btw you can also cook with the squash blossoms you pinch off.
posted by aniola at 1:56 PM on March 22, 2021 [2 favorites]

The TikTok account @gourdheadz followed the process of growing a 2000lb pumpkin, and explained the process. It was really interesting!
posted by kimdog at 1:58 PM on March 22, 2021 [2 favorites]

I love this. Can you please report back with how you went?
posted by Jubey at 2:33 PM on March 22, 2021 [7 favorites]

Response by poster: Can you please report back with how you went?

Yeah, she doubled down when I showed her that our local Giant Pumpkin Growers' Association just had a convention last week, that's how it's going.

Honestly I had no clue this was so much of a thing, even though one of our preschooler's favorite stories is about a pumpkin contest, and I'm sure I've seen big plants at our state fair. I guess I never put 2 & 2 together.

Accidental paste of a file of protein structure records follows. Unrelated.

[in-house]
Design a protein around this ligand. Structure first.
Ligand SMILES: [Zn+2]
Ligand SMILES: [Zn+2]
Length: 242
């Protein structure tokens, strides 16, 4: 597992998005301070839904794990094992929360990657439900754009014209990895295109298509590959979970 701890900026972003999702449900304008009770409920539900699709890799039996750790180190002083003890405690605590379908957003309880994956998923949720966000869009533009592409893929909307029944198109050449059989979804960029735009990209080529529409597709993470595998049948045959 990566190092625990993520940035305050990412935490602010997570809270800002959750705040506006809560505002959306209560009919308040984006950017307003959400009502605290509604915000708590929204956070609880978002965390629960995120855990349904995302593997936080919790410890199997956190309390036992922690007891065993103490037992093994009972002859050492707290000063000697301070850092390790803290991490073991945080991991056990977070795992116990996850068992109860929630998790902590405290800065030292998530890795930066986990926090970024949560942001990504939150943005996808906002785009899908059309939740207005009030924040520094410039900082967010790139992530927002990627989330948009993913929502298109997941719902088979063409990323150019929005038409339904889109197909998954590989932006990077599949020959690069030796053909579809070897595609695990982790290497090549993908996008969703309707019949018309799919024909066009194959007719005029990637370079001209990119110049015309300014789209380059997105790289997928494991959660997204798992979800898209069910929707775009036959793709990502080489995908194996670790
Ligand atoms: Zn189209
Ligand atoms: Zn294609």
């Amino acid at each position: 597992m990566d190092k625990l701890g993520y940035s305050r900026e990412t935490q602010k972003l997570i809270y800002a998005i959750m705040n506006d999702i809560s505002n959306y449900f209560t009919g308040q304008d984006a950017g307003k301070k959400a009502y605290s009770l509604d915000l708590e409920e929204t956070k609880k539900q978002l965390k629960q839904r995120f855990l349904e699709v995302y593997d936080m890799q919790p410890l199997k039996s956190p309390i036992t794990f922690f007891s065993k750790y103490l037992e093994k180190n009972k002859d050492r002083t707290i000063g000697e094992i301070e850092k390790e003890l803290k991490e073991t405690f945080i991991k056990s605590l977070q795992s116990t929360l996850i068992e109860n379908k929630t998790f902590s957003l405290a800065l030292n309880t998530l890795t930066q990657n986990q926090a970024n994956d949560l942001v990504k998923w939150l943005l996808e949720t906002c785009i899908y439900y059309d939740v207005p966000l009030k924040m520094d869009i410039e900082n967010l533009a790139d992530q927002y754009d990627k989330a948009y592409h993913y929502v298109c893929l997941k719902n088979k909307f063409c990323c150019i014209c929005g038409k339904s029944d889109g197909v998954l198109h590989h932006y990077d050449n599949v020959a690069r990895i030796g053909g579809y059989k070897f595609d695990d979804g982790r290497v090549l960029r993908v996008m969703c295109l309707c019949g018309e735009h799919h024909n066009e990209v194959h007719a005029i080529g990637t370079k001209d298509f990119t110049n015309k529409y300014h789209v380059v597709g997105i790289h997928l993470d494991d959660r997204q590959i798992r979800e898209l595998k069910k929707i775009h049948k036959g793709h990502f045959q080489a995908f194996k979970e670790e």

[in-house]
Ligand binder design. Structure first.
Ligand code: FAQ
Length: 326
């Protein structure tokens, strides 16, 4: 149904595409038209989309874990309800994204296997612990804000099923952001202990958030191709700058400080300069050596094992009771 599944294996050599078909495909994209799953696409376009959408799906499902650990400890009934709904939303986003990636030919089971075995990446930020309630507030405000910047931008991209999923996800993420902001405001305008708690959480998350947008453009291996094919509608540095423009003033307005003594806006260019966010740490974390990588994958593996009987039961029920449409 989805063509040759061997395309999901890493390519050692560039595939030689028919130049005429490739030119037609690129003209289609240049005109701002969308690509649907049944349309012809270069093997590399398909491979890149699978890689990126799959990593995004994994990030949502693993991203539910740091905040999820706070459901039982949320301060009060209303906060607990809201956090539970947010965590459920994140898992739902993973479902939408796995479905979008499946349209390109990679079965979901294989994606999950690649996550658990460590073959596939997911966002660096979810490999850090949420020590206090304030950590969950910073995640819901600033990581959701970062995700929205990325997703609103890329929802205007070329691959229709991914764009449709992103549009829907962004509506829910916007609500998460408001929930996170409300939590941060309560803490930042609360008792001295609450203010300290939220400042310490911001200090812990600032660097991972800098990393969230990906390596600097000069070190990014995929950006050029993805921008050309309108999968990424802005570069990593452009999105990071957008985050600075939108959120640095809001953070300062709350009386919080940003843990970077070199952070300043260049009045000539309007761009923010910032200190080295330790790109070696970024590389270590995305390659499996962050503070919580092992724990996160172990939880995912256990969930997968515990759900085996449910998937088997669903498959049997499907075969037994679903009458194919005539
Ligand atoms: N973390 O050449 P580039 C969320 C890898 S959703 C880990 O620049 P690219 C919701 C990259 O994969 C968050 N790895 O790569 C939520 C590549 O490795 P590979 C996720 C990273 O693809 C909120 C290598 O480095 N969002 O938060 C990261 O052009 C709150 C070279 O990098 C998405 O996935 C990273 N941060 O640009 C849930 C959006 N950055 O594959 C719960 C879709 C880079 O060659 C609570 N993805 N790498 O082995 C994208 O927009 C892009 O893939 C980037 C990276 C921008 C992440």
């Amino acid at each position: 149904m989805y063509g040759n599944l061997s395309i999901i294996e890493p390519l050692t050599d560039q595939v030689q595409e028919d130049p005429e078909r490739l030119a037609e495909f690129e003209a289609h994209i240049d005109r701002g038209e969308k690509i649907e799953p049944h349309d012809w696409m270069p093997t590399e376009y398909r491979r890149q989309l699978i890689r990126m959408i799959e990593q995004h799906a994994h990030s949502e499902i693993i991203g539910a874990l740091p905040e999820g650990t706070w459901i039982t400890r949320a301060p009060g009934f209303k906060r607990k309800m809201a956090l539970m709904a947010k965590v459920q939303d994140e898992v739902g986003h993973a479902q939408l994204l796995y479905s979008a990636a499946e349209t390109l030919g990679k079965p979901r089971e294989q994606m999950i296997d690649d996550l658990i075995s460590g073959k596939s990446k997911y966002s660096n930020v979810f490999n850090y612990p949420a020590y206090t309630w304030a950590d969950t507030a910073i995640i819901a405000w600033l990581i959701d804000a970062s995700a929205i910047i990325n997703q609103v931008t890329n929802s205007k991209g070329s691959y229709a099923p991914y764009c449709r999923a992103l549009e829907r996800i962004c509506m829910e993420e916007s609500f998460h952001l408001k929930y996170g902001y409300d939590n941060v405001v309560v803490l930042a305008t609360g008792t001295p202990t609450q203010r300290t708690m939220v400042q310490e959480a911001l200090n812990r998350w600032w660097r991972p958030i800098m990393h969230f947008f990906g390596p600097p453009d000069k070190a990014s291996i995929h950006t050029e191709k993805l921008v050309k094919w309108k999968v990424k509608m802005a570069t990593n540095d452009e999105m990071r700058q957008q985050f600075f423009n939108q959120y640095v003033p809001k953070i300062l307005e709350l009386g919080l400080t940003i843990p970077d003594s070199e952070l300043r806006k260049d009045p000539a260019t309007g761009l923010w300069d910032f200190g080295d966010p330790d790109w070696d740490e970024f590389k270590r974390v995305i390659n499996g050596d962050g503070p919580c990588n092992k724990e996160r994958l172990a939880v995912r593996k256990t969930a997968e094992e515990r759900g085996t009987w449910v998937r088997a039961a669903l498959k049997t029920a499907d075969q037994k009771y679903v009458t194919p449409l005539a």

I've got a lot of reading to do but a giant pumpkin generally seems achievable. Lot of great resources in the answers here so far, thank you! Please add more if you have them 🎃
posted by Nonsteroidal Anti-Inflammatory Drug at 3:50 PM on March 22, 2021 [13 favorites]

I grew a 700 lb giant pumpkin about 10 years ago (my second attempt) and there is a lot of luck and skill in growing a giant pumpkin. If I remember correctly, once the pumpkin flowered, I spent about an hour a day tending my pumpkin that summer.

You can find a ton of information online and also in local giant pumpkin groups (link to Wisconsin's, I'm more familiar with groups in NH and Maine).

On the Wisconsin Giant Pumpkin Growers page, they have a beginner's growing guide that has all the information I used to grow my pumpkin (prune vines into Christmas tree shape, watering/fertilizer tips, bugs/disease identification).

Good Luck!
posted by bCat at 3:57 PM on March 22, 2021 [5 favorites]

Please keep us posted on your (and your pumpkin’s) progress.
posted by notyou at 5:33 PM on March 22, 2021 [1 favorite]